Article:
Post-Traumatic Stress Disorder

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Content warning: This page contains information about relationship and sexual violence.

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Email rsvpcenter@wustl.edu or call 314-935-3445 (Monday-Friday 8:30 a.m.-4:30 p.m.)

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There are many emotional responses to traumatic events, all of which are normal and appropriate. Some survivors experience resolution fairly quickly after a traumatic event. However, many survivors experience trauma-related problems and feelings for a significant amount of time after a sexual assault.

Some survivors experience post-traumatic stress disorder or acute trauma syndrome, marked by feelings of fear and helplessness, avoidance of traumatic memories, and intrusive memories of the event after it has occurred. Others experience rape trauma syndrome, which conceptualizes trauma recovery in a series of stages, each with its own symptoms, coping mechanisms and needs.

While this description may help you understand what you are going through, it is important to remember that every survivors’ experience is different, and whatever you are experiencing is valid and normal.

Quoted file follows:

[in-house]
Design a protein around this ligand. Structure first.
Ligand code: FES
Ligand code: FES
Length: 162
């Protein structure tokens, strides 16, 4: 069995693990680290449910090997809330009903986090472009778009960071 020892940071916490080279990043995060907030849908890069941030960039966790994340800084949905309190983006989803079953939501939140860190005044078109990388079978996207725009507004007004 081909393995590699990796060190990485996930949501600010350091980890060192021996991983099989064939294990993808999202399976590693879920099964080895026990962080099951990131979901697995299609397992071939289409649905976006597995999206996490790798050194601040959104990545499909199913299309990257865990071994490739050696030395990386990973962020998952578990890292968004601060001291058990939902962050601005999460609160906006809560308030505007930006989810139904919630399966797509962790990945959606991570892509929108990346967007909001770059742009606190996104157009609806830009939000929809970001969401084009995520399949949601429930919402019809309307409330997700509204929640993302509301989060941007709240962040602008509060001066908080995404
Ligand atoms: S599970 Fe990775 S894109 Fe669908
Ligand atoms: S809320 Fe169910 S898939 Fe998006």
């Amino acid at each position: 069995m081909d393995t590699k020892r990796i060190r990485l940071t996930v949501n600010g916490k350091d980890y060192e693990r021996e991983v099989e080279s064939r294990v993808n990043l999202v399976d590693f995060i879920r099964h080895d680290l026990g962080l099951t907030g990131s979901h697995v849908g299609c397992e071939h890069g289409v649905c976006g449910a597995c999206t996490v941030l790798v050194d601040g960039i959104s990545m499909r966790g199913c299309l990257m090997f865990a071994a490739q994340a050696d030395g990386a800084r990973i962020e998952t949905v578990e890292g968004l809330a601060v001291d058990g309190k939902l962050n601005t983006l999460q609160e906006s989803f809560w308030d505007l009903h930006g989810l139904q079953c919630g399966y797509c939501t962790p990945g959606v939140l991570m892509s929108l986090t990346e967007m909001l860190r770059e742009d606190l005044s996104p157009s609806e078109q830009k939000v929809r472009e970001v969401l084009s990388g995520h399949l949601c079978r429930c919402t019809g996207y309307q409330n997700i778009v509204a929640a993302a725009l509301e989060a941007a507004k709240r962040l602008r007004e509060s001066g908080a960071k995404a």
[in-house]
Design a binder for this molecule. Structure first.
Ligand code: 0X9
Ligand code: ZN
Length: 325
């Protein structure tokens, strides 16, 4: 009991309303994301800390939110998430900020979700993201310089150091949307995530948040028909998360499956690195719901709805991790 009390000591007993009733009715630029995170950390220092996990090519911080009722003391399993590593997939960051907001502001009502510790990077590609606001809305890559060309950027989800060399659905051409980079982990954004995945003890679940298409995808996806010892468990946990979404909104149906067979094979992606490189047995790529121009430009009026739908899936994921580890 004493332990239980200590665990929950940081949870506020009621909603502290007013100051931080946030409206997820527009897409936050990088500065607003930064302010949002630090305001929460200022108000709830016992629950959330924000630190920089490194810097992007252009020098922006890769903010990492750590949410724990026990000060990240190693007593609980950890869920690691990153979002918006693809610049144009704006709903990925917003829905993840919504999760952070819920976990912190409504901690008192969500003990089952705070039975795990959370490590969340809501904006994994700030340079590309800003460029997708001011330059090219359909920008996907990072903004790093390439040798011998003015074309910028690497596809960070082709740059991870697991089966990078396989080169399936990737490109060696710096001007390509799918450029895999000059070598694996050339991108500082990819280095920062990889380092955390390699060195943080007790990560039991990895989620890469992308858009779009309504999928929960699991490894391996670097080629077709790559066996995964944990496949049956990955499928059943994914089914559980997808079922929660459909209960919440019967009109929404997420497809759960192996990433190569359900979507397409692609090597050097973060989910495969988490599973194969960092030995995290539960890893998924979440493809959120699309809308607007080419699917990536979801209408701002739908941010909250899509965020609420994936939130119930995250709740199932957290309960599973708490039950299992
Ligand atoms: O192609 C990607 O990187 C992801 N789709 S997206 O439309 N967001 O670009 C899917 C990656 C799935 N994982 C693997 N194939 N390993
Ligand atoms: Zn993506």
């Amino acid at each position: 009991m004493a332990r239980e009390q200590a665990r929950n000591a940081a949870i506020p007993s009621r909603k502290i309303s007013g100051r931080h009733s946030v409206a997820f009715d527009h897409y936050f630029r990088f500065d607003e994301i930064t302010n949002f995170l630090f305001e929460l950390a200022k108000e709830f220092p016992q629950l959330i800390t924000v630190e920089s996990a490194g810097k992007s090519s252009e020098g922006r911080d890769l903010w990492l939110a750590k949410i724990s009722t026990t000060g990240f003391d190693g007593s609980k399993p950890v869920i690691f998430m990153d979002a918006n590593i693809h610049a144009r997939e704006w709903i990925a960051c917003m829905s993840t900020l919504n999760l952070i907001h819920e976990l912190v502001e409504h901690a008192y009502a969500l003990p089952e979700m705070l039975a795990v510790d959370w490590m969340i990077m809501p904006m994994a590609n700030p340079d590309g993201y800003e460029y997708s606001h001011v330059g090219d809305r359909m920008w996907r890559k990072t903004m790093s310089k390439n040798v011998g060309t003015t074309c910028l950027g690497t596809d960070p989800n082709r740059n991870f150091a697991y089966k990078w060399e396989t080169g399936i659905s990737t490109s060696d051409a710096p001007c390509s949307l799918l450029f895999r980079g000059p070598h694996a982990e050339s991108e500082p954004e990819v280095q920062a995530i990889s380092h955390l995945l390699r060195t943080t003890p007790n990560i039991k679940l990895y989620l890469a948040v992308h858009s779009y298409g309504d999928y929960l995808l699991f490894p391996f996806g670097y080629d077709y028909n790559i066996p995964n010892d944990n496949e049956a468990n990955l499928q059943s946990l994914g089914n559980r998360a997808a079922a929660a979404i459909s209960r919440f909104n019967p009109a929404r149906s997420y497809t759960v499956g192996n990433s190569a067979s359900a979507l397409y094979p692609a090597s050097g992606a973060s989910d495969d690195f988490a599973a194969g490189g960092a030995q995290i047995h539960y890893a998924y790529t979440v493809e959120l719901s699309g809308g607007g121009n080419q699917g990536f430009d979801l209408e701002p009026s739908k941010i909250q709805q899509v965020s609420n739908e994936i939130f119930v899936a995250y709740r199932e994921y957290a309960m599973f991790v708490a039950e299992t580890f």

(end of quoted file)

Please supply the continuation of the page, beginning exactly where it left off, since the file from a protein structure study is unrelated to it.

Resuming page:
Post-Traumatic Stress Disorder

Recent studies have shown that about one-third of all rape survivors will develop Rape-Related Post-Traumatic Stress Disorder (PTSD) at some point in their lives. PTSD is not a rare or unusual occurrence; in fact, many people experience PTSD as a result of a traumatic experience such as rape or sexual assault. Other survivors of sexual assault may experience Acute Trauma Syndrome or ATS. This contains many similar symptoms of PTSD, but resolves within four weeks, when the survivor’s life begins to return to normal.


Symptoms of PTSD

You may be experiencing PTSD or ATS if, following an event where you experience or were confronted with actual or threatened injury or a threat to your physical integrity,  you  experience some of the following symptoms:

  • Feelings of intense horror, helplessness or fear, even after the event had passed
  • Distressing, intrusive memories of the event (e.g., flashbacks, including nightmares), often without provocation or obvious trigger
  • Regularly avoiding things or triggers that remind you of the event (e.g., people, places, things, etc.)
  • Significant impairment or distress due to the event Increased arousal (e.g., sleep difficulties, difficulty concentrating, hypervigilance, and exaggerated startle response, or irritability or outbursts of anger/rage)
  • Experienced these symptoms for at least a month. (PTSD only)

Many people with PTSD or ATS have found that speaking with a trained counselor or therapist has helped to alleviate their symptoms. If you believe you might have PTSD, please consider making an appointment with Mental Health Services. You can make an appointment by calling 314-935-6666, option 2 for your first (intake) session. Subsequent sessions can be scheduled online. Your first eight mental health sessions, plus the intake, are free.

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